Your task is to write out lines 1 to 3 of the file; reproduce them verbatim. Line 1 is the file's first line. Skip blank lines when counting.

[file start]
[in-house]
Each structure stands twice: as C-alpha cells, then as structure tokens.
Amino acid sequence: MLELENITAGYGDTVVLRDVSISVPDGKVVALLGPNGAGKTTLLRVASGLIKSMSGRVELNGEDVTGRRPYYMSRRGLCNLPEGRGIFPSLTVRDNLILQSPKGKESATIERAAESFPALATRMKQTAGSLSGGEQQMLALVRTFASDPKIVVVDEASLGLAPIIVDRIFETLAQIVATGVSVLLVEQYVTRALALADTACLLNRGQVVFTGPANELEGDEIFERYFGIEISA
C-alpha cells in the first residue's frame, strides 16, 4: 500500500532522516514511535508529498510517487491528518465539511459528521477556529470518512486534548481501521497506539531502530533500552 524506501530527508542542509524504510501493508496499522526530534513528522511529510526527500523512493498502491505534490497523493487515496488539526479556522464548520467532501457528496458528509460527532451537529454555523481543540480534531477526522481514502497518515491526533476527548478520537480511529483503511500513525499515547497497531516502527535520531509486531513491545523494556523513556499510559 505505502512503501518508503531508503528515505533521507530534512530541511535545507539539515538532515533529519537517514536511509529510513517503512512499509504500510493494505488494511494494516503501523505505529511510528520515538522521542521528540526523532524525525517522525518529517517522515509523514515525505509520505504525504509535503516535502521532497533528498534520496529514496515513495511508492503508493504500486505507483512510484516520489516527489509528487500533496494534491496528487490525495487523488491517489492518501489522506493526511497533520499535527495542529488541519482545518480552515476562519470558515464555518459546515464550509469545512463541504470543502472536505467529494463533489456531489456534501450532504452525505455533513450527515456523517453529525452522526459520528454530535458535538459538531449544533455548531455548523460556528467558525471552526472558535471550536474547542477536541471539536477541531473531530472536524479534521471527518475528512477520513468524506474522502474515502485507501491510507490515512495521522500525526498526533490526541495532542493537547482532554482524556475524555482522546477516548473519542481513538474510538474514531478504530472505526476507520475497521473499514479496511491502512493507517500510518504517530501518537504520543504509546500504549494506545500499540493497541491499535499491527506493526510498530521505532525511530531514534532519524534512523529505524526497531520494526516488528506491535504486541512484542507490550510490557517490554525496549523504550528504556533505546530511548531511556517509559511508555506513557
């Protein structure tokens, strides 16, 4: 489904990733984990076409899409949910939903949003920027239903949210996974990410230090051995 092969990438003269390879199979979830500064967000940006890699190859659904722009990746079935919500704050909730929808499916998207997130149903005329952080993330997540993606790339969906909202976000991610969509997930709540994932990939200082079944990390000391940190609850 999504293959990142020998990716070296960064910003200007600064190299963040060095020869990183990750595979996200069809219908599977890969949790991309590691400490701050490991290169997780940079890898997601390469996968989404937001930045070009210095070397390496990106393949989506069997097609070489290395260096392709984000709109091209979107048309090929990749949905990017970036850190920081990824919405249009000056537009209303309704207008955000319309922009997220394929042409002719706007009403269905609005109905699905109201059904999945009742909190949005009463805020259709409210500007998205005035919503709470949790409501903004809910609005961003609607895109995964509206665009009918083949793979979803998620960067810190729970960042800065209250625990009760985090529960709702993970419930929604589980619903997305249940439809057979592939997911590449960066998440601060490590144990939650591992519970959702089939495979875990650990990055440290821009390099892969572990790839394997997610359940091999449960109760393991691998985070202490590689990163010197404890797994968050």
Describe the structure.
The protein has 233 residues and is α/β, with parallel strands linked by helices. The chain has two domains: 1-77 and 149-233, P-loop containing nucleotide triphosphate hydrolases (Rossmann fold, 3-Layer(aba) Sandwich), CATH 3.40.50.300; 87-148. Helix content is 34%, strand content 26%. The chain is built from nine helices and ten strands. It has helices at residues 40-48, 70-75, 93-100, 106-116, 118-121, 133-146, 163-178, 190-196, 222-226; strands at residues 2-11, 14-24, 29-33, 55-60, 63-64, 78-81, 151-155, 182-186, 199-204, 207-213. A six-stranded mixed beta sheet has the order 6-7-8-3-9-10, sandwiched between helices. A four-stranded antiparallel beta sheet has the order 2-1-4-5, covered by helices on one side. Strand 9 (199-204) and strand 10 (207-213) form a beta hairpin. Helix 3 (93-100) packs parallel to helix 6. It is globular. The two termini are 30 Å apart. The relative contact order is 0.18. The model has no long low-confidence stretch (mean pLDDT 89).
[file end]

[in-house]
Each structure stands twice: as C-alpha cells, then as structure tokens.
Amino acid sequence: MLELENITAGYGDTVVLRDVSISVPDGKVVALLGPNGAGKTTLLRVASGLIKSMSGRVELNGEDVTGRRPYYMSRRGLCNLPEGRGIFPSLTVRDNLILQSPKGKESATIERAAESFPALATRMKQTAGSLSGGEQQMLALVRTFASDPKIVVVDEASLGLAPIIVDRIFETLAQIVATGVSVLLVEQYVTRALALADTACLLNRGQVVFTGPANELEGDEIFERYFGIEISA